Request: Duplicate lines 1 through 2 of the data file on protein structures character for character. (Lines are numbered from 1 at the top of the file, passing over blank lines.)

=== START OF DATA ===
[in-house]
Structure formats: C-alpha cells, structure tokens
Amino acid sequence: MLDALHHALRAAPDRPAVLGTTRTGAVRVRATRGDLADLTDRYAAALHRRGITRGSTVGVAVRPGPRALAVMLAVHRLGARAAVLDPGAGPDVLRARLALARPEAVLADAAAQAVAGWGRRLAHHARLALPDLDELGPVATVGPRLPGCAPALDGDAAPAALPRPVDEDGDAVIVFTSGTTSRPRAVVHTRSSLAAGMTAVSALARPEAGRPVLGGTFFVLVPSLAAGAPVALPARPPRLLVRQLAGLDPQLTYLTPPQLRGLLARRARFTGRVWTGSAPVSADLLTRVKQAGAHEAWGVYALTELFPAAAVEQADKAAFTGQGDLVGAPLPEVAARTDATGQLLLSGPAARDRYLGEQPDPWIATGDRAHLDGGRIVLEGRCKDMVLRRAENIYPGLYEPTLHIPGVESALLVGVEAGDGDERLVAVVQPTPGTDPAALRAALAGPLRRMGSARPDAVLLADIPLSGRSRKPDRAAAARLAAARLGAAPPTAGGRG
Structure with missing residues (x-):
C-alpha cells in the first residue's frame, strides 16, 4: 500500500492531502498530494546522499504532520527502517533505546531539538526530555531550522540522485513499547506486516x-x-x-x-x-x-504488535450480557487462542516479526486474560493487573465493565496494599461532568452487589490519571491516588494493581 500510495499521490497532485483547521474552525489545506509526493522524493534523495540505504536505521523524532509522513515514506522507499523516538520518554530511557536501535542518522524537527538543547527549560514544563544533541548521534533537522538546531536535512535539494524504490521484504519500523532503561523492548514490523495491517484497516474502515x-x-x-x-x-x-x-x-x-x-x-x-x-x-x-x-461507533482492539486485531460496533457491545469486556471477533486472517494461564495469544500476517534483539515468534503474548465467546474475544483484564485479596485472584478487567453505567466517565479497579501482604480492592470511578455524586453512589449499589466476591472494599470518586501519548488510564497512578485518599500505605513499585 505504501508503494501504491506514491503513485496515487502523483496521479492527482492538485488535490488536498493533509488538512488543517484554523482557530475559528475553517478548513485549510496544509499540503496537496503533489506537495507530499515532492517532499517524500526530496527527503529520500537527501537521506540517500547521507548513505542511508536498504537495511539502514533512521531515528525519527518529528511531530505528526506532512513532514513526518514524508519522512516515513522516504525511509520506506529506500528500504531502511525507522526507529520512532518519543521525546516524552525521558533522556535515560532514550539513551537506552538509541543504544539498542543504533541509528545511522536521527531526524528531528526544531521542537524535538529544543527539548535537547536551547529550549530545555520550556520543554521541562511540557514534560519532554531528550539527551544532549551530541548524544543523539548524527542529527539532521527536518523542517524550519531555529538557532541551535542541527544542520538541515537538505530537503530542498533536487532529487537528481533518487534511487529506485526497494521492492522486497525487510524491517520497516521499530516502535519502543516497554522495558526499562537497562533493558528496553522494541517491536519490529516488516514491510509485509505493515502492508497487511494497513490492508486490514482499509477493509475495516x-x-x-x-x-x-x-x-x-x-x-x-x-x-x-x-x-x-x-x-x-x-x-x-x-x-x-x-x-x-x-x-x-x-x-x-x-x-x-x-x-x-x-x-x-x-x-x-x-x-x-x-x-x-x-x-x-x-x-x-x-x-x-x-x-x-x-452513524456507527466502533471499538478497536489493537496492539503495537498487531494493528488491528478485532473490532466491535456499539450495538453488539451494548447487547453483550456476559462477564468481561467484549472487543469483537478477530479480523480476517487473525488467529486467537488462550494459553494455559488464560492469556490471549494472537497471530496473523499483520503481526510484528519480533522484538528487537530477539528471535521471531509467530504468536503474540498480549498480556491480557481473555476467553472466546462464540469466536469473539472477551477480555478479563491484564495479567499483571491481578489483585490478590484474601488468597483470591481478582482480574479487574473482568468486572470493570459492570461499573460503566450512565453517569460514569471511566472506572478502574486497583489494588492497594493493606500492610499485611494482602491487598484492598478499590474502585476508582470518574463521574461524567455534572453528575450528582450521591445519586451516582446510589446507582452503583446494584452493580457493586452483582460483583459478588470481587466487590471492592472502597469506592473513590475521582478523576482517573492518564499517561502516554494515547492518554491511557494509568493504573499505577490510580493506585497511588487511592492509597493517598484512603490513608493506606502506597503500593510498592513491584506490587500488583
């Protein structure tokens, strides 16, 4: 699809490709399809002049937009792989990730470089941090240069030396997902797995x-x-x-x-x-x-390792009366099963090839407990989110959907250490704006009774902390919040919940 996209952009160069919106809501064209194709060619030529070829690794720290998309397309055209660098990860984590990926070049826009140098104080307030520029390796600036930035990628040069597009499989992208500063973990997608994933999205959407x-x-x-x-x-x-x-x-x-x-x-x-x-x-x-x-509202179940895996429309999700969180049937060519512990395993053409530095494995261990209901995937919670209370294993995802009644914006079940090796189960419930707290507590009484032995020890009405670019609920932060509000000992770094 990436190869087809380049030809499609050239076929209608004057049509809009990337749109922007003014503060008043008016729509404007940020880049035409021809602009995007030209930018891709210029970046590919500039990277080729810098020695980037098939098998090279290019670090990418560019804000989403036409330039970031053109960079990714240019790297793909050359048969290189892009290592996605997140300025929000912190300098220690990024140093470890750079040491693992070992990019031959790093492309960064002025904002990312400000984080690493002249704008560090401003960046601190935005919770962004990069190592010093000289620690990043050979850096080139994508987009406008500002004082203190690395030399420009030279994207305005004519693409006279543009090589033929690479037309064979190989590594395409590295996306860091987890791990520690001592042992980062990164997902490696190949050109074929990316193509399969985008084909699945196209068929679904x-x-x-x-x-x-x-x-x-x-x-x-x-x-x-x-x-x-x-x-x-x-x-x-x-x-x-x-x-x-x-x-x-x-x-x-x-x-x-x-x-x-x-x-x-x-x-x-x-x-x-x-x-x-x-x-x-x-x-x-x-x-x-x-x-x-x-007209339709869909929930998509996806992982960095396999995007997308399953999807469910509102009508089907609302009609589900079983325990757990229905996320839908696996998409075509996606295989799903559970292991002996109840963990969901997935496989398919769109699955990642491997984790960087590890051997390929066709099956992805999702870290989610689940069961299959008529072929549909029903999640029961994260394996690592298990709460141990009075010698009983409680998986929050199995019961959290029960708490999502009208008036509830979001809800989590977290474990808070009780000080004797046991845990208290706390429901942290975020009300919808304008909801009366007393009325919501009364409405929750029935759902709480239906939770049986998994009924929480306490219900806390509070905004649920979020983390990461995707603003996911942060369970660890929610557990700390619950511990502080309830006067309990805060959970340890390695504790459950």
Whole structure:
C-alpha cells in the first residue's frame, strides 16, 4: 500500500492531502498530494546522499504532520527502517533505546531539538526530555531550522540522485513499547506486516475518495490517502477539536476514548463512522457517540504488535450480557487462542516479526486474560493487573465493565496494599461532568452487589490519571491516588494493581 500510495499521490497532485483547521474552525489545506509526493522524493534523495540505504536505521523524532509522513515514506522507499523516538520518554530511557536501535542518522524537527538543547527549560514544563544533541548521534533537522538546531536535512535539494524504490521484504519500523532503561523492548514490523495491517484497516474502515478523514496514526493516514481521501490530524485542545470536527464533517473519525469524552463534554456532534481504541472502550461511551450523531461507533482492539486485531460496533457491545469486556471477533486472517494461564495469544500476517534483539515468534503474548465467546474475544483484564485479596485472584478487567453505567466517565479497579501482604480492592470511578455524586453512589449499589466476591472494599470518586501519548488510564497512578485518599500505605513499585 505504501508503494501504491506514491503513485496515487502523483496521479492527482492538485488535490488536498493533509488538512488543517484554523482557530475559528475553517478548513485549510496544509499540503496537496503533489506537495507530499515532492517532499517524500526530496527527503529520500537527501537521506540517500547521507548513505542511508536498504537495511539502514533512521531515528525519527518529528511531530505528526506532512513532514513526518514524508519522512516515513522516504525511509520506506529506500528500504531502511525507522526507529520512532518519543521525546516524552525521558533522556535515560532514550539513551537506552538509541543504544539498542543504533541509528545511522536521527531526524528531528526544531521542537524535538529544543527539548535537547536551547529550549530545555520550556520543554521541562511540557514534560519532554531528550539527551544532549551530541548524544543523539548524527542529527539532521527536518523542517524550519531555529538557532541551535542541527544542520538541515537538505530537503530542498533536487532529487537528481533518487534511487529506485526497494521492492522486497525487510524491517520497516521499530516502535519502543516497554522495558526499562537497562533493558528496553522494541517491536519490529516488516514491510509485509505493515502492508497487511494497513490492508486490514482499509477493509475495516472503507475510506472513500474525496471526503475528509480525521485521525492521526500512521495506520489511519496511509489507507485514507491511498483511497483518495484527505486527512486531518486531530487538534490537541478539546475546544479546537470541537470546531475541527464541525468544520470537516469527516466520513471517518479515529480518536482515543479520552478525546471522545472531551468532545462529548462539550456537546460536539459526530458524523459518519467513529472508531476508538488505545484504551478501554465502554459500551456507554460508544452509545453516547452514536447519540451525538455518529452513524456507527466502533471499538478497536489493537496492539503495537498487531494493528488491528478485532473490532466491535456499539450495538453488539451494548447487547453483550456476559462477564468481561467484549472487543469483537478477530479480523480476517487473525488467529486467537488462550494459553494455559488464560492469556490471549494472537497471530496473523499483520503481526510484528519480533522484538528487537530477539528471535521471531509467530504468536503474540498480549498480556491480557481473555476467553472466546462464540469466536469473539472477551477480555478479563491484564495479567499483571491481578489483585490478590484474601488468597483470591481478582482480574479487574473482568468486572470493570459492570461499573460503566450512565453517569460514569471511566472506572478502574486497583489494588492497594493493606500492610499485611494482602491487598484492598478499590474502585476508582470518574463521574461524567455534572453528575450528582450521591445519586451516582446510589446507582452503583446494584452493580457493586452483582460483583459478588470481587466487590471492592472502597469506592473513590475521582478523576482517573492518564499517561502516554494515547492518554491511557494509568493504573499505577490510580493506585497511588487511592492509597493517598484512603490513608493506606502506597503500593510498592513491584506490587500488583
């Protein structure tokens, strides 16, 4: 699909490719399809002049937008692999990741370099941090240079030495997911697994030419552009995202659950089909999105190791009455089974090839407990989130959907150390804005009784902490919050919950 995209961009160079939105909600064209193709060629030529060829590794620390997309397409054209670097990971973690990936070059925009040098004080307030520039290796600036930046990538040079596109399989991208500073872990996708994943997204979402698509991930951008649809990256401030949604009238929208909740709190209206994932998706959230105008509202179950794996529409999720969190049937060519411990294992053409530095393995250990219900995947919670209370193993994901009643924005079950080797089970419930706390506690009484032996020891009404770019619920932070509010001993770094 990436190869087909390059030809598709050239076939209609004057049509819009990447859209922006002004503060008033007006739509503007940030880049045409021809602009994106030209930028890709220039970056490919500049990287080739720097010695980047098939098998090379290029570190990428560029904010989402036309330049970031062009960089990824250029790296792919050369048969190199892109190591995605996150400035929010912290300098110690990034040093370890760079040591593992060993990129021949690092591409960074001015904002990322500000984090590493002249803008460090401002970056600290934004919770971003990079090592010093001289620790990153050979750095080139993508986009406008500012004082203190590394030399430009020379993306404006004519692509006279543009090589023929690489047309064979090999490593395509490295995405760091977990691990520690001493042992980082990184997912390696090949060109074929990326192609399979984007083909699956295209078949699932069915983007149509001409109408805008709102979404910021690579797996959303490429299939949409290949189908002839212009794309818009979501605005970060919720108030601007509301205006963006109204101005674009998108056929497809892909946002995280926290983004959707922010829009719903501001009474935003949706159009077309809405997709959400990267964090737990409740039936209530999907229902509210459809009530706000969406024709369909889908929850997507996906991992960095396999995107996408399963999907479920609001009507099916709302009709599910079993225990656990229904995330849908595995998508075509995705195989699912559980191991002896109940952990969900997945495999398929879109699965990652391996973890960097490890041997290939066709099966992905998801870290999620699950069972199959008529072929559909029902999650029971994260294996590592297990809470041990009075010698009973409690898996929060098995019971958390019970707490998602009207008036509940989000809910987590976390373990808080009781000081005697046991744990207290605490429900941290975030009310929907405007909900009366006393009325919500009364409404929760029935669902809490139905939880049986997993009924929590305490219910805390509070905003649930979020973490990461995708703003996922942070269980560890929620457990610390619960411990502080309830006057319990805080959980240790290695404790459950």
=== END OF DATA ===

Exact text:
[in-house]
Structure formats: C-alpha cells, structure tokens